Water Development in the Peruvian Highlands
Solutions to water resources management and water security require not only fundamentally sound science, but also a diverse coalition of trained scientists that recognizes and is aware of the needs and knowledge of local communities. Through our IRES award, we will train three cohorts of ten U.S. students from the Hispanic Serving Institutions of Humboldt State University (HSU) and Rutgers University, Newark (RUN) in applied, interdisciplinary and community-based water development. Each cohort will participate in a yearlong program consisting of three components: (1) a spring preparatory course which will link students from HSU and RUN via videoconferencing to their Peruvian peers; (2) a five-week hydrogeophysical field campaign centered in two communities in the Cusco region of Perú and led by an interdisciplinary team of U.S. and Peruvian scholars; and (3) a fall semester of independent research. The experience will empower a diverse cohort of students to be interdisciplinary and community-minded scientists as well as train members of the local communities to collect hydrologic data in order to guide best practices in water management and increase local water security and resiliency.
The puna biome, a seasonally dry grass and shrub ecosystem at the altitudinal limits of plant growth in the central Andes, provides the primary source of water to many small agrarian communities and large cities, such as Cusco. Despite its importance for water resources, however, the hydrology of the puna is poorly understood, especially with regard to storage capacity and seasonal runoff dynamics. Communities relying on puna derived water sources are thus potentially vulnerable to changes in water supply and uninformed water management decisions. We will guide students in a hydrologic, geologic and geophysical investigation to quantify water resources and flow pathways in two small (~ 2.2 km2) ‘end-member’ puna catchments. In one catchment, slow drainage from peat forming wetlands, known locally as bofedales, sustains perennial streamflow which supports community agriculture. In the other catchment, devoid of bofedales, stream flow is ephemeral, however the community harvests fracture flow for agricultural and municipal water use via a 140 m long tunnel. Our results will quantify water resources in puna landscapes with and without the influence of bofedales, inform model predictions of future changes in water resources, and guide community-based best practices in land and water management.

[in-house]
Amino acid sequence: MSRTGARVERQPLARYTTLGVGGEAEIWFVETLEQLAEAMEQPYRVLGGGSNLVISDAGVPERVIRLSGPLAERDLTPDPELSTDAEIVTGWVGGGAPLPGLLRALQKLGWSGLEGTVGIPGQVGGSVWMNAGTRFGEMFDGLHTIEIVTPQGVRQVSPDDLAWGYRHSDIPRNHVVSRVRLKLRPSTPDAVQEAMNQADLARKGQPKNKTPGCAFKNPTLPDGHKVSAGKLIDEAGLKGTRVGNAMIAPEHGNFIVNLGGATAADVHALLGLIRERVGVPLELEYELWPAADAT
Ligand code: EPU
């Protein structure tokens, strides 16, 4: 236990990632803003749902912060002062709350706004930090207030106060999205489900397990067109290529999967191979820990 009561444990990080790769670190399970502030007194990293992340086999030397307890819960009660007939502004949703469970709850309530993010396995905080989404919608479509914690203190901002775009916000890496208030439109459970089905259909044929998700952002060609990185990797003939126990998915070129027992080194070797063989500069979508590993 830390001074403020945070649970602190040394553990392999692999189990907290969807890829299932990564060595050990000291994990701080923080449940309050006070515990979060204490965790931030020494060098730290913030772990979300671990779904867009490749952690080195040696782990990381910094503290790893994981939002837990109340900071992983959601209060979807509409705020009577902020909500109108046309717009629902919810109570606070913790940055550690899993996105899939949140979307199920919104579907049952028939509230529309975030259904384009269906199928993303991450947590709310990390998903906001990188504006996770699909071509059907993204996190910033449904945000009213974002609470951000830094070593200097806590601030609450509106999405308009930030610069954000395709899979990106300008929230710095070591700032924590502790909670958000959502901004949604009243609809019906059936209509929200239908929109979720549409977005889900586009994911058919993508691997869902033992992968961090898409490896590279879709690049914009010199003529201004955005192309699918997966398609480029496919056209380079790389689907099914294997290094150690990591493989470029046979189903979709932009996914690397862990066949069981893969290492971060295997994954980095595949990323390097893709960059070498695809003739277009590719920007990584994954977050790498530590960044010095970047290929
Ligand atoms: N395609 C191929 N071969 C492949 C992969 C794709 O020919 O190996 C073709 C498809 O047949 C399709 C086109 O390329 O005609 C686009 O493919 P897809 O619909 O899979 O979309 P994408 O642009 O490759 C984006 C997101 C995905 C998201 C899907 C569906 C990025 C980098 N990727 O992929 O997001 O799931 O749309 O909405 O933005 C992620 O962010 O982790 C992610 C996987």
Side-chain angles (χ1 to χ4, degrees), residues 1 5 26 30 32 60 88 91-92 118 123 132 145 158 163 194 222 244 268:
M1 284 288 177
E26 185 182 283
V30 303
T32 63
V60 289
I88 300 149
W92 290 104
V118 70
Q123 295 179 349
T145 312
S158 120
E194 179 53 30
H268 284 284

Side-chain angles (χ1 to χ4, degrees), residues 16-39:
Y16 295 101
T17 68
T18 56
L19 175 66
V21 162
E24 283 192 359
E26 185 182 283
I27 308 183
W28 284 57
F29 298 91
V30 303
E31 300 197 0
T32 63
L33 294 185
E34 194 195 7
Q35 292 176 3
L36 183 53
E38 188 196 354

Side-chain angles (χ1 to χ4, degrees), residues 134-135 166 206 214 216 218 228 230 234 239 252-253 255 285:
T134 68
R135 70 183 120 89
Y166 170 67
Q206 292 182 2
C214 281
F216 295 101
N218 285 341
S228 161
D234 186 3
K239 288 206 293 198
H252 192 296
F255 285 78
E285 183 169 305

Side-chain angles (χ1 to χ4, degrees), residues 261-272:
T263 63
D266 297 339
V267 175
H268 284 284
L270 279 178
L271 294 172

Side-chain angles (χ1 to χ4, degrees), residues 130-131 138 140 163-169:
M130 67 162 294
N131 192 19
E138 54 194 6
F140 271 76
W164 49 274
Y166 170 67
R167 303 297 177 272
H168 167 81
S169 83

The Water Development in the Peruvian Highlands program is a collaboration between Humboldt State University and Rutgers University, Newark. This program is sponsored by the National Science Foundation under Award number 2107395. Any opinions, findings, and conclusions or recommendations expressed in this material are those of the authors and do not necessarily reflect the views of the National Science Foundation.